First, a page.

Oil on canvas,
171 x 113 cm.
Museo Nacional del Prado
Carreño is based on Titian, and seems to have been directly inspired, for the way of trimming the nude over the bluish distances, in the Adam and Eve of Titian, today in the Prado, which in 1628 Rubens had copied. More on this painting
Juan Carreño de Miranda (25 March 1614 — 3 October 1685) was a Spanish painter of the Baroque period.
Born in Avilés in Asturias. His family moved to Madrid in 1623, where he trained in Madrid during the late 1620s as an apprentice to Pedro de las Cuevas and Bartolomé Román. He came to the notice of Velázquez for his work in the cloister of Doña María de Aragón and in the Church of Our Lady of the Rosary, La Joyosa. In 1658 Carreño was hired as an assistant on a royal commission to paint frescoes in the Alcázar of Madrid; later destroyed in a fire in 1734. In 1671. Upon the death of Sebastián de Herrera, he was appointed court painter to the queen and began to paint primarily portraits. He refused to be knighted in the order of Santiago, saying Painting needs no honors.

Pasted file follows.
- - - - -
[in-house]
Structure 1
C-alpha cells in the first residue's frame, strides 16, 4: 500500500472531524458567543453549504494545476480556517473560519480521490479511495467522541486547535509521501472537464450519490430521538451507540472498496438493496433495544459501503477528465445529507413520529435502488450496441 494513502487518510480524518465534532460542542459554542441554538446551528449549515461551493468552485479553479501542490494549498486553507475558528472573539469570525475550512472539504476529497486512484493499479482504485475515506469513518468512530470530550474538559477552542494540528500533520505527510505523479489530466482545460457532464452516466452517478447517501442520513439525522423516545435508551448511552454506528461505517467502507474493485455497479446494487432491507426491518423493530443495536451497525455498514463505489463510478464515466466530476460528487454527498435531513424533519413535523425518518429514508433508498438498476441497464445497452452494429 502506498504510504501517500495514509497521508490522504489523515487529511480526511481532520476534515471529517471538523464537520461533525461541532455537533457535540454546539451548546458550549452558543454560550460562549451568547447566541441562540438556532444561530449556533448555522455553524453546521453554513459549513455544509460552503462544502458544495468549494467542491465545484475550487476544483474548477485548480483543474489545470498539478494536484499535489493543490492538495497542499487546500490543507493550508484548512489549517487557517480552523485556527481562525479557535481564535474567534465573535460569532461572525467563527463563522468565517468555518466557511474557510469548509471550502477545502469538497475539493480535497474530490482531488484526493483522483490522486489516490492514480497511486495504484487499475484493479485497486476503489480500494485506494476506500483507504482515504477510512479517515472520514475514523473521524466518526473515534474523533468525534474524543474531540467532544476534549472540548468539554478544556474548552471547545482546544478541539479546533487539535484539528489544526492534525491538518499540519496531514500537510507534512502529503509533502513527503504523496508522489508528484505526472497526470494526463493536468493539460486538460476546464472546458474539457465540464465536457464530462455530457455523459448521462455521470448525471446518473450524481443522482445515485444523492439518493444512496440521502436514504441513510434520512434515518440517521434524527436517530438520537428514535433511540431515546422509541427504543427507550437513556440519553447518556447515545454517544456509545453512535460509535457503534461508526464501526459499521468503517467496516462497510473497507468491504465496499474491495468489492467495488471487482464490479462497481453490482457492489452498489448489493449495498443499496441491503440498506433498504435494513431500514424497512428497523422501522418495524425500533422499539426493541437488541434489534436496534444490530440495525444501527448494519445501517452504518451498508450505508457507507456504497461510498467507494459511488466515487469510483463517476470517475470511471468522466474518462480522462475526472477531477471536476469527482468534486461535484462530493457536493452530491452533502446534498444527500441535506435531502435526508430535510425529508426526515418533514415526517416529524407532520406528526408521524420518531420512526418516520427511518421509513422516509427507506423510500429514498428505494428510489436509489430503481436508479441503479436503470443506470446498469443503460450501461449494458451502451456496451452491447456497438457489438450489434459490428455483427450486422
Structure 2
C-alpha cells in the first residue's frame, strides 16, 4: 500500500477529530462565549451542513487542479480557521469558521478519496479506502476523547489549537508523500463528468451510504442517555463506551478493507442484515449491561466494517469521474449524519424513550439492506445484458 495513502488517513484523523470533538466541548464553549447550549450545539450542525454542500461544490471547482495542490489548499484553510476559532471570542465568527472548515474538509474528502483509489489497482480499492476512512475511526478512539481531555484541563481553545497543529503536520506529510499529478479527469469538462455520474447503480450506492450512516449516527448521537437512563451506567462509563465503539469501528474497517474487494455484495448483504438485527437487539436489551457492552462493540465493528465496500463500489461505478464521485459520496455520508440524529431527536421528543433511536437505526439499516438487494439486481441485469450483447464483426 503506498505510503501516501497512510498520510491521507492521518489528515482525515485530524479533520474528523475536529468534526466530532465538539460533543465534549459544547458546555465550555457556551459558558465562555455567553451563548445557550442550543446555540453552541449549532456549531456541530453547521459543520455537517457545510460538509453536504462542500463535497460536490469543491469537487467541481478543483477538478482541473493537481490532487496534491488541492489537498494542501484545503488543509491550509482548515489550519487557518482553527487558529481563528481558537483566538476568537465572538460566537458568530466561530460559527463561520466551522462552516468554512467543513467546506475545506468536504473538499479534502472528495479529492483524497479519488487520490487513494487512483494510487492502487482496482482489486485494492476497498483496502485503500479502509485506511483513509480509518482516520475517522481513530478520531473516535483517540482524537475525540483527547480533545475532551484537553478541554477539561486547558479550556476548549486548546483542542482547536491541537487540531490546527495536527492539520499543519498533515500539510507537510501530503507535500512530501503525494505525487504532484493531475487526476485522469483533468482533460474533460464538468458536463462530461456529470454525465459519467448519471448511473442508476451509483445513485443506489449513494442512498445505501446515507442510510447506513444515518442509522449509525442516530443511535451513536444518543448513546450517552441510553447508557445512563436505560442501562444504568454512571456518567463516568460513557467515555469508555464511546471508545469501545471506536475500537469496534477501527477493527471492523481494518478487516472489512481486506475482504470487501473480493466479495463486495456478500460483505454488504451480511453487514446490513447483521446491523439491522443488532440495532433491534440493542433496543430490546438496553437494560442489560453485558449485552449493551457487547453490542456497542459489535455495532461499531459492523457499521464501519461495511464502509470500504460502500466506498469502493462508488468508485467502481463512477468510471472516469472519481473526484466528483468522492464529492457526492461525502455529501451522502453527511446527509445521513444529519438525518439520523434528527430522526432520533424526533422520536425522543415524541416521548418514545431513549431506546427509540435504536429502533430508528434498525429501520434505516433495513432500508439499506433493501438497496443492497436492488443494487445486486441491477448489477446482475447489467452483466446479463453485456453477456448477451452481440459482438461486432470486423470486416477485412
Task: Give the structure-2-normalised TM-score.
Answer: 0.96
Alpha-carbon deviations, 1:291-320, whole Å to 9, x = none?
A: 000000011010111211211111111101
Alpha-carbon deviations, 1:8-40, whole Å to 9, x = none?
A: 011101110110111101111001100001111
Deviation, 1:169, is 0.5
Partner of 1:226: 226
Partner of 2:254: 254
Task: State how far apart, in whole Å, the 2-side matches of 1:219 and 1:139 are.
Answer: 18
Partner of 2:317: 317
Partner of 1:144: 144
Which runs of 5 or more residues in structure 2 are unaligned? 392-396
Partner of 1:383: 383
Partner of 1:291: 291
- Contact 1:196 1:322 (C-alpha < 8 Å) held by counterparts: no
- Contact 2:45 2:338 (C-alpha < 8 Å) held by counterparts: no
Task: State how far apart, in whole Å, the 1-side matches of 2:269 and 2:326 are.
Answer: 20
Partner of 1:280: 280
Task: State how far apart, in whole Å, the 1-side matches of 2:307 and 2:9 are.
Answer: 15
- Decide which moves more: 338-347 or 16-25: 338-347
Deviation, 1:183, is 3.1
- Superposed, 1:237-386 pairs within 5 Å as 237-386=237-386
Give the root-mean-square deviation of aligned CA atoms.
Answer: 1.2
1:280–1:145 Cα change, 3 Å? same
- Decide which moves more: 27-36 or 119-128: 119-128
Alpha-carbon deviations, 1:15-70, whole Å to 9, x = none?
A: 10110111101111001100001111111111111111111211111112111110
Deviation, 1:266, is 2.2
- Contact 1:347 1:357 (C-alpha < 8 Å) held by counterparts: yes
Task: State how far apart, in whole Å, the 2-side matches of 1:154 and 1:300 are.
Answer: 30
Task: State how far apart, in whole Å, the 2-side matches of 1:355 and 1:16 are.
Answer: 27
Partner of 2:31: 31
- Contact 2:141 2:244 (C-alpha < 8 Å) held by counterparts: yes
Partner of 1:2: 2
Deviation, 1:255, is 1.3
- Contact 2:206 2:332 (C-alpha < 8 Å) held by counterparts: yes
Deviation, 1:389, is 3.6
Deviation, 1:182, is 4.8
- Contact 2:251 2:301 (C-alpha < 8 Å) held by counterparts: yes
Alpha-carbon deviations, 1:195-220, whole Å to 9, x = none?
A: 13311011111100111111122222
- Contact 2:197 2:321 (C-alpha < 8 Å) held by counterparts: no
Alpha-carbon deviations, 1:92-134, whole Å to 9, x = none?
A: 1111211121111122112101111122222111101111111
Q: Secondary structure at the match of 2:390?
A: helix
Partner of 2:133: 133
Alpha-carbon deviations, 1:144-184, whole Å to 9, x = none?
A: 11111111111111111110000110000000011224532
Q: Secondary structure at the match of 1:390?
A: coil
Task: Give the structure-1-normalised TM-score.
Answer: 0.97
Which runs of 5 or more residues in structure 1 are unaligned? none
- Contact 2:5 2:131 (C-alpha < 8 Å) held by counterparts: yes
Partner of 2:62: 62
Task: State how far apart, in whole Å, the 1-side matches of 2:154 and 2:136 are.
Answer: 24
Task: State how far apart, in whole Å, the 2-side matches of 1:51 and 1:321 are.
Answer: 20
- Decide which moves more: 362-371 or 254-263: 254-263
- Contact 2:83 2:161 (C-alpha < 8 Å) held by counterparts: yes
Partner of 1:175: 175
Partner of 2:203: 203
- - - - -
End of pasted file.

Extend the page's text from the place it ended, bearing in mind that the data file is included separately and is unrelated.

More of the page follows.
Noble by descent, he had an understanding of the workings and psychology of the royal court as no painter before him, making his portraits of the Spanish royal family in an unprecedented documentary fashion. More on Juan Carreño de Miranda